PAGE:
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Introduction:
Every athlete is always looking for a way to increase their performances. Whether it’s a football player lifting weights to gain muscle for throwing, a soccer player working on their foot techniques, or a swimmer who’s in the pool everyday to help perfect their stroke. All these athletes have one thing in common, to become better all they have to do is practice, practice their throwing, their foot skills or their stroke and though doing so takes a lot of strength when it comes to a runner, what can they really do to increase performance? Running day in and day out will only get you so far. Most runners say their secret to helping them reach their potential is simply eating right. As a runner not all people necessarily agree with this while eating right may have its benefits for a runner and mostly every athlete. I believe it is detrimental to a person’s performance. This research project is to test just that, how important maintaining a healthy diet is to a performance. Literature Review:

Healthy and Unhealthy eating for runners:

While runners are probably the most flexible when it comes to what they eat while in season and training, there is still somewhat of a concern when it comes to what is “healthy” and “unhealthy” for a runner. According to the author Laurie L. Dove “Distance runners primarily burn a mixture of carbohydrates and fats as they run so when it comes to choosing what type of foods to eat you should have a balance of 60% from carbohydrates, 25% from fats, and 15% from proteins. This is because carbs are the main source of energy for the body and brain (Dove).”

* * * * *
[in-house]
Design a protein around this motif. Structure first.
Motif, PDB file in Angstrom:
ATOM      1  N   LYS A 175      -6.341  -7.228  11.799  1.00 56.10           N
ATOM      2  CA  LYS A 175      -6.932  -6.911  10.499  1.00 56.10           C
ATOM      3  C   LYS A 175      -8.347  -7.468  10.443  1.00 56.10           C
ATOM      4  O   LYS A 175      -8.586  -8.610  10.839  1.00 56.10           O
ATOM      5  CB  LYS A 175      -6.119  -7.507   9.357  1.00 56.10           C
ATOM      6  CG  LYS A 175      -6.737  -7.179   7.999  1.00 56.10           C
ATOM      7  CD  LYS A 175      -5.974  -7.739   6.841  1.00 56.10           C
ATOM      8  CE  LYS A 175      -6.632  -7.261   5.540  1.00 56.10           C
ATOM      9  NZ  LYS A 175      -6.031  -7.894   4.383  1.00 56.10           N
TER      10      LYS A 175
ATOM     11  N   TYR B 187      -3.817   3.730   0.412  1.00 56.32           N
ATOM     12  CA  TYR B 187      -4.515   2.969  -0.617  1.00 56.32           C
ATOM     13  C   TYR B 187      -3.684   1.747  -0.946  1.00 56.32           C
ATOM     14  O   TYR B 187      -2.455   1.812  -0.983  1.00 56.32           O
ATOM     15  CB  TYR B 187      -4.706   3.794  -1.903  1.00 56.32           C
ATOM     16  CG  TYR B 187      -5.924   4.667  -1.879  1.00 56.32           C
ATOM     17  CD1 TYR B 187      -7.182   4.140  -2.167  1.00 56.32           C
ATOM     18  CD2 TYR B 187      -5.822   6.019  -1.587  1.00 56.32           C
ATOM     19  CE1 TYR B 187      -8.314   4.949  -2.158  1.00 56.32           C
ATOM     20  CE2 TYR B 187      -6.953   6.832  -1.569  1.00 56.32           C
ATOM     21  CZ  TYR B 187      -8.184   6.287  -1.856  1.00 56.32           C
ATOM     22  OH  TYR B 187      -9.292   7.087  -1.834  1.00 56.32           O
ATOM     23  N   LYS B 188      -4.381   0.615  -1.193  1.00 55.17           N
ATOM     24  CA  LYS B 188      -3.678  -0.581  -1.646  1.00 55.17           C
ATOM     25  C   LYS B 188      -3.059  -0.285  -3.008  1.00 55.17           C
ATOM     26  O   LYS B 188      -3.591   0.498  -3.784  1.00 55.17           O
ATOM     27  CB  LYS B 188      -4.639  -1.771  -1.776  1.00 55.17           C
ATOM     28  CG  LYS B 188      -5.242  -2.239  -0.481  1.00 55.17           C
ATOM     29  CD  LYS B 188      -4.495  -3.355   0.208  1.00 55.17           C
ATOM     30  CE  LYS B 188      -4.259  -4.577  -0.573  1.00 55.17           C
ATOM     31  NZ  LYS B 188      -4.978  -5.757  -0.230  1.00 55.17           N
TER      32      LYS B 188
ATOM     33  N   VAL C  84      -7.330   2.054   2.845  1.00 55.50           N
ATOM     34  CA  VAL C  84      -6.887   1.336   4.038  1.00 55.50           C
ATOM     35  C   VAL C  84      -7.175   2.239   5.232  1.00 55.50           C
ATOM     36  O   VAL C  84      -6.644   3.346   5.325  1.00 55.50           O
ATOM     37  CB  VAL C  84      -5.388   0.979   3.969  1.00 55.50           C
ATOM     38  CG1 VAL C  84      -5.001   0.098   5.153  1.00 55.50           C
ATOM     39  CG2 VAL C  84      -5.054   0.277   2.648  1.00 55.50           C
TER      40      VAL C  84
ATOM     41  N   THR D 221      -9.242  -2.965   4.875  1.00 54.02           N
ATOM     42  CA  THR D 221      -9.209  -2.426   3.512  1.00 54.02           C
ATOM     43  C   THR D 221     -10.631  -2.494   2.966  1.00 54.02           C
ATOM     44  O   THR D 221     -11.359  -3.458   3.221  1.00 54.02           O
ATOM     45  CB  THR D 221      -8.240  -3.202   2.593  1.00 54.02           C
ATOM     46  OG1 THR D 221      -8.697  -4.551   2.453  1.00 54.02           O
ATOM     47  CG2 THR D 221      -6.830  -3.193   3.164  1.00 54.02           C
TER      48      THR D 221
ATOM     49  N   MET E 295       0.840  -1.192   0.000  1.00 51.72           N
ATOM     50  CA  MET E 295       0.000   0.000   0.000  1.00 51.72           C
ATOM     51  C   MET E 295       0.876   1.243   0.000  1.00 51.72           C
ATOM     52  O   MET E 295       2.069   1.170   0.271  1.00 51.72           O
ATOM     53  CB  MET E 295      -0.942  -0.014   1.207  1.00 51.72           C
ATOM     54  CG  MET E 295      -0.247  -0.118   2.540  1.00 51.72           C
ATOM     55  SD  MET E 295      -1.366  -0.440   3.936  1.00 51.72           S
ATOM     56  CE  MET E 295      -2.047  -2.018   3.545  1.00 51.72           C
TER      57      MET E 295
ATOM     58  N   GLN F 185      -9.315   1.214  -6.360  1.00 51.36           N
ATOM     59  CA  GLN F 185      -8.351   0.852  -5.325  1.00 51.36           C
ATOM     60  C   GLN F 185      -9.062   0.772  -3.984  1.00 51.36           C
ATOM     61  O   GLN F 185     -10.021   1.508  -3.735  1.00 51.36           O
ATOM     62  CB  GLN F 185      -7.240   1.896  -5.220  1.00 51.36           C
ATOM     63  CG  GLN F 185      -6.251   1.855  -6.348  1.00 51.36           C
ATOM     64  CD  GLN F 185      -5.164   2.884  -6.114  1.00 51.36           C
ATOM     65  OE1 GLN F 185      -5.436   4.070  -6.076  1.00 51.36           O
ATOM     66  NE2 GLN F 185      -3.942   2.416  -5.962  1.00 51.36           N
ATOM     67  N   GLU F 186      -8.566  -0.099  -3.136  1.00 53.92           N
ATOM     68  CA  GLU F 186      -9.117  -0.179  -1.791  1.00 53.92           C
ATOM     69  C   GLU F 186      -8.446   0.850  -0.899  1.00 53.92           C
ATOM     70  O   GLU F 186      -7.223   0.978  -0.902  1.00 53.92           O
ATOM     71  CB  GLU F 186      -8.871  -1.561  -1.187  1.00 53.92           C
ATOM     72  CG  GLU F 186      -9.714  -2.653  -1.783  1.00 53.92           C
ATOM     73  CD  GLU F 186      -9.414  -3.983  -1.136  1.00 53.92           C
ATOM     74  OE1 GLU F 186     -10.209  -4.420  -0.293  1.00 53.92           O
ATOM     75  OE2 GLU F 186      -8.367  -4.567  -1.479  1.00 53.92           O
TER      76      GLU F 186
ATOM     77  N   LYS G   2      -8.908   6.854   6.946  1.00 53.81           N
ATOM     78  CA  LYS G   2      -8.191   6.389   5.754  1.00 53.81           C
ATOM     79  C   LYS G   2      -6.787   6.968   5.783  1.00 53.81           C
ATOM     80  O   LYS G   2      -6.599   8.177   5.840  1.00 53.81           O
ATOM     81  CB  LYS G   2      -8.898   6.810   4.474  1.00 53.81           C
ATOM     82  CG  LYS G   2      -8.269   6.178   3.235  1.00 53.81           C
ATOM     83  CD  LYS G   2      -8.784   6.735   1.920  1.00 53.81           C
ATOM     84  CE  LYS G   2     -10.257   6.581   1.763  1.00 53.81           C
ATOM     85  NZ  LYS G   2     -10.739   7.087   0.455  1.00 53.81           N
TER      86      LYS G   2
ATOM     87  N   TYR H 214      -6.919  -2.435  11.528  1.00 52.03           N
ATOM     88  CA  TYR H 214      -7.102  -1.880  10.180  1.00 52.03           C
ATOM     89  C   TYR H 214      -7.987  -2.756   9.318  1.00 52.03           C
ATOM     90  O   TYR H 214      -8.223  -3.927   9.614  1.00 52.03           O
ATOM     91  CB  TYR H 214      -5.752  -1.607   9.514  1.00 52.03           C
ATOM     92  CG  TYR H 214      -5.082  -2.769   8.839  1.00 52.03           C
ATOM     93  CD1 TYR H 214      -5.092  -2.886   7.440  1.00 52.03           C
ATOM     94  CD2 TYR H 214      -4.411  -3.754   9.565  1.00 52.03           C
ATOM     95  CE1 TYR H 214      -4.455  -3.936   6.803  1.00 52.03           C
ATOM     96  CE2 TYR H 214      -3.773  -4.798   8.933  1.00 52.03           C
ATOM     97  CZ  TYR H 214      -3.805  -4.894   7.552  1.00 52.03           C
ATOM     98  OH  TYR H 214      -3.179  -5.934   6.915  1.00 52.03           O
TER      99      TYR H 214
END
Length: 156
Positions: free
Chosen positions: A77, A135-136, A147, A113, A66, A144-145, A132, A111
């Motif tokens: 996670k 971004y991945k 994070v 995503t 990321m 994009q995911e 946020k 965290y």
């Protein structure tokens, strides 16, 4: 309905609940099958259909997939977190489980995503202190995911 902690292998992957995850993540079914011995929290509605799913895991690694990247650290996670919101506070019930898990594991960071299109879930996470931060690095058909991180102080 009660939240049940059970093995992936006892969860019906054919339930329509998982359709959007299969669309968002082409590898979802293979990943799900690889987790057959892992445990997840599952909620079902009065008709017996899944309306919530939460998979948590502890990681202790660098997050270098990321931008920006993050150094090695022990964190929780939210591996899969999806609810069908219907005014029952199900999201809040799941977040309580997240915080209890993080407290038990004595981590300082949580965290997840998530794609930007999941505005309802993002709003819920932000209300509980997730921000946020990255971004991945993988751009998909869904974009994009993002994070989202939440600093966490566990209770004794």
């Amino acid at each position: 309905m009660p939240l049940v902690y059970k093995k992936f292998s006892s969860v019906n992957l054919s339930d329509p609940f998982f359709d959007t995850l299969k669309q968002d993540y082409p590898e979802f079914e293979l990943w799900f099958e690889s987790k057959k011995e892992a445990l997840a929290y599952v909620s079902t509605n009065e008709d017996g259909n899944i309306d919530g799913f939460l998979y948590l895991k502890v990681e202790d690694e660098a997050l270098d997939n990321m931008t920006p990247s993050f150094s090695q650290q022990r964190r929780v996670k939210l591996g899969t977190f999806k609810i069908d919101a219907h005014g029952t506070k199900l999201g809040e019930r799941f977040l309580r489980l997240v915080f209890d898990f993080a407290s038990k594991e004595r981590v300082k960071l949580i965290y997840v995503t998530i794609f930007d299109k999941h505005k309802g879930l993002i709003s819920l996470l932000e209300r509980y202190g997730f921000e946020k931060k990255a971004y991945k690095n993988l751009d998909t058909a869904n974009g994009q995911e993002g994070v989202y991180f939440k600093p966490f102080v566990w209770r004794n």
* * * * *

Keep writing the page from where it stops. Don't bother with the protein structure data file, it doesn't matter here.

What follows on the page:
According to Grace Covelli “healthy foods” for a runner are “foods that contain vitamins your body needs to function normally. Healthy foods contribute to healthy eyes, skin and hair while unhealthy foods can cause high blood pressure, heart disease and type 2 diabetes (2011).”

 
The best diet for a runner as written in the article “The Best Diet for a Runner” “all depends on height, weight and age. A runner’s diet should consist of complex carbohydrates such as whole grains, fruits and vegetables. Proteins, which are needed for growth, development, and maintenance of muscle mass and tissue, should also be included in every athlete’s diet. Inadequate protein intake can cause muscle wasting, decreasing athletic performance.” Eating healthy is just an easier and better way to contribute with staying in shape “It decreases the risk of injury, and helps repair torn muscles and fibers (Andrews, 2011).”  

In the article “The Runners Diet” the author mentions “It only takes 100 calories every day to gain ten pounds in a year.” They also suggest the 50-25-25 eating plan “50% carbohydrates, 25% protein and 25% fat to help feel fuller longer. To determine how many calories you will need to eat in a day you take your present weight multiply by thirteen.” Unlike elite runners, recreational runners do not need as many carbs and high carbs should sustain them throughout their workout (Fernstrom, 2004).”

Caffeine Ingestion and Running Performance

Studies show an increase in running endurance following caffeine ingestion. According to Matt Fitzgerald this is because of an “increase in B-endorphins during exercise which affects mood state, reduces perception of pain, and creates a sense of well-being” (Fitzgerald, 2007). A study was taken of elite runners given caffeine and it showed that they completed 15% to 23% more work with the caffeine in their systems. The author also states “Caffeine increases levels of free fatty acids in the bloodstream, burns fat faster, and conserves muscle glycogen which is the source for muscle work” (Fitzgerald, 2007). While caffeine has many good effects there are also many negative effects from the ingestion of caffeine, “Caffeine increases urine production theoretically creating dehydration, and heavy caffeine use can result in problems ranging from headaches to insomnia (Fitzgerald, 2007).”  ...
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